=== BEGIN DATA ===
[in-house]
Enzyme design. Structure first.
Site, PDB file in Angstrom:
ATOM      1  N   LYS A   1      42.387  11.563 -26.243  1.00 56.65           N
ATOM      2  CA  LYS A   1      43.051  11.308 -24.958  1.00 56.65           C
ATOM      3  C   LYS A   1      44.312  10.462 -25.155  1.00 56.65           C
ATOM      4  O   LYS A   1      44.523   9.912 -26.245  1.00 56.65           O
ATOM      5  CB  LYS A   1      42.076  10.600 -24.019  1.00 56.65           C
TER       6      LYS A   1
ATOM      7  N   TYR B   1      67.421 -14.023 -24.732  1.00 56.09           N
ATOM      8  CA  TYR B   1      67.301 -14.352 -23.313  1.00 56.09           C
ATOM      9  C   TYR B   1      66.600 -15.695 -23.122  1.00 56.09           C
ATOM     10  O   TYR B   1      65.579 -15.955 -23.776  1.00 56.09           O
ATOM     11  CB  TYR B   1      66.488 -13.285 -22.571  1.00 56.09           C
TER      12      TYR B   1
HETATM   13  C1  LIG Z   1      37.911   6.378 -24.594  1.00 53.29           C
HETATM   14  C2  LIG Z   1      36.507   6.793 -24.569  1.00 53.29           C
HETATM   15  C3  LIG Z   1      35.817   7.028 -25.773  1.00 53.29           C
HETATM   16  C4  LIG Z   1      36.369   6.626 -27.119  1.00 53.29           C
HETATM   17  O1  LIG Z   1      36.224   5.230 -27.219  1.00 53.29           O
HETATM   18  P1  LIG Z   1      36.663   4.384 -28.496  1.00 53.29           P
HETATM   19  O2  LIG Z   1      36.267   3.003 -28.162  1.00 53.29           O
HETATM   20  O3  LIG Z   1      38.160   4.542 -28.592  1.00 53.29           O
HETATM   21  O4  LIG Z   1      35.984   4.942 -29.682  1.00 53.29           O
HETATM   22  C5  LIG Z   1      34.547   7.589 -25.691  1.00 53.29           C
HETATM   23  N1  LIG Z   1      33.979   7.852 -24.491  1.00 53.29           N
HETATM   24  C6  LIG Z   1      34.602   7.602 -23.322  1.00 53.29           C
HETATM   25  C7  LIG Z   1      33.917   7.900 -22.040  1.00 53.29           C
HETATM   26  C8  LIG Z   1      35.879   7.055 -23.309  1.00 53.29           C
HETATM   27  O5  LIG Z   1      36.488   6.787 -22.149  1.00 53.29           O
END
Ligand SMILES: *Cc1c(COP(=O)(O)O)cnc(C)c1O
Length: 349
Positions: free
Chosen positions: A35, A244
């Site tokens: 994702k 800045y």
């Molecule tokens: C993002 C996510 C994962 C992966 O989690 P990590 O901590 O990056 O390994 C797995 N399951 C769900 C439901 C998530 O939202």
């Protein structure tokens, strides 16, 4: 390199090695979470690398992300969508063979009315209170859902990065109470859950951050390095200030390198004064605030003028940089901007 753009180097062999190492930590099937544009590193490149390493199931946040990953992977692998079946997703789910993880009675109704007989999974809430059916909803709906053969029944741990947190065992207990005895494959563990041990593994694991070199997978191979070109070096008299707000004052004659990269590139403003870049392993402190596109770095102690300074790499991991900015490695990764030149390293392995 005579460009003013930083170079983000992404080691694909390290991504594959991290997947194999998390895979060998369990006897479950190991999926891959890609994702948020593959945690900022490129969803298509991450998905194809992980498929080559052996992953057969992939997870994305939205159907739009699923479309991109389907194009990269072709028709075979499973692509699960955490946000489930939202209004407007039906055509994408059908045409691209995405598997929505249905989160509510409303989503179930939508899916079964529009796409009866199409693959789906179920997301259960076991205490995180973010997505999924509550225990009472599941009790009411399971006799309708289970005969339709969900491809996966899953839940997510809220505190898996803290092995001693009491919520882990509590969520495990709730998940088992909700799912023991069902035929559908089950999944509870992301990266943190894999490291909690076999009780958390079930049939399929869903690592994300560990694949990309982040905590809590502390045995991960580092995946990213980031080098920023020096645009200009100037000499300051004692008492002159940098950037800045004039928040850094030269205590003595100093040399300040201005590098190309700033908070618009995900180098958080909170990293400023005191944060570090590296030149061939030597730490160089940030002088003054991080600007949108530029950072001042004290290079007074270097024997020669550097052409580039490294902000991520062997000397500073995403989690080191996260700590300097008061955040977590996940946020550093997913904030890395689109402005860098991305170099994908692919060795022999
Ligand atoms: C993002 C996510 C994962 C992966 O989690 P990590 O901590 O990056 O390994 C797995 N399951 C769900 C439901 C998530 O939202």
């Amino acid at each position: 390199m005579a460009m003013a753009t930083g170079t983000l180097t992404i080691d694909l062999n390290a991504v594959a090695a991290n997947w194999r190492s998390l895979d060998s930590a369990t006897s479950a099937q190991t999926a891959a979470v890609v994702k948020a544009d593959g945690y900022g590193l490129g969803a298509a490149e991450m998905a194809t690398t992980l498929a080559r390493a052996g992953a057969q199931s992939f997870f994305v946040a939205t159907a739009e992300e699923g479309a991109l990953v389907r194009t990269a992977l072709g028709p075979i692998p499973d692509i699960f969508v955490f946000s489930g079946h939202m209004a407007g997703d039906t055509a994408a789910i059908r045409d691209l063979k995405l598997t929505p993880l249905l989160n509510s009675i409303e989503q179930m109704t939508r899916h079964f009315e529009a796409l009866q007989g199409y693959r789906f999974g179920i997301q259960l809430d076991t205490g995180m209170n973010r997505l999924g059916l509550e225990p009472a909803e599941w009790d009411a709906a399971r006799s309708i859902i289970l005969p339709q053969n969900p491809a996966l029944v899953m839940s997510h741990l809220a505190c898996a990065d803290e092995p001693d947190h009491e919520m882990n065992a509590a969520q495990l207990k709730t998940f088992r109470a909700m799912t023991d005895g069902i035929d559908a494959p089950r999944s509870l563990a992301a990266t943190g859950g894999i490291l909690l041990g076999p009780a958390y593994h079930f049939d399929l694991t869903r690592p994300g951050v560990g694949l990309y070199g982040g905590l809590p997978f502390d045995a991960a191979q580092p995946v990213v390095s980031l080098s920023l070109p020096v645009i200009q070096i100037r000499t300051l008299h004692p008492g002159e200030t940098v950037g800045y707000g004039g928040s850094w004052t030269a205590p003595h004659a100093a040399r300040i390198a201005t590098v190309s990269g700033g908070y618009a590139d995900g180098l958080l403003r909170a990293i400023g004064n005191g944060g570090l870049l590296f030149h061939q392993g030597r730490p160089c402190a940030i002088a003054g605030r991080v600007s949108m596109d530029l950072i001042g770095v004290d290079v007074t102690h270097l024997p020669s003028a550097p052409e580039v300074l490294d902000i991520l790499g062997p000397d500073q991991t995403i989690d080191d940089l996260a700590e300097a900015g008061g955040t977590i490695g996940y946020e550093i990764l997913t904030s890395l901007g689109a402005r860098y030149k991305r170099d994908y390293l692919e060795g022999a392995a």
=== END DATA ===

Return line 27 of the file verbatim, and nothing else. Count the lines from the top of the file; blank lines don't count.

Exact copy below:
HETATM   24  C6  LIG Z   1      34.602   7.602 -23.322  1.00 53.29           C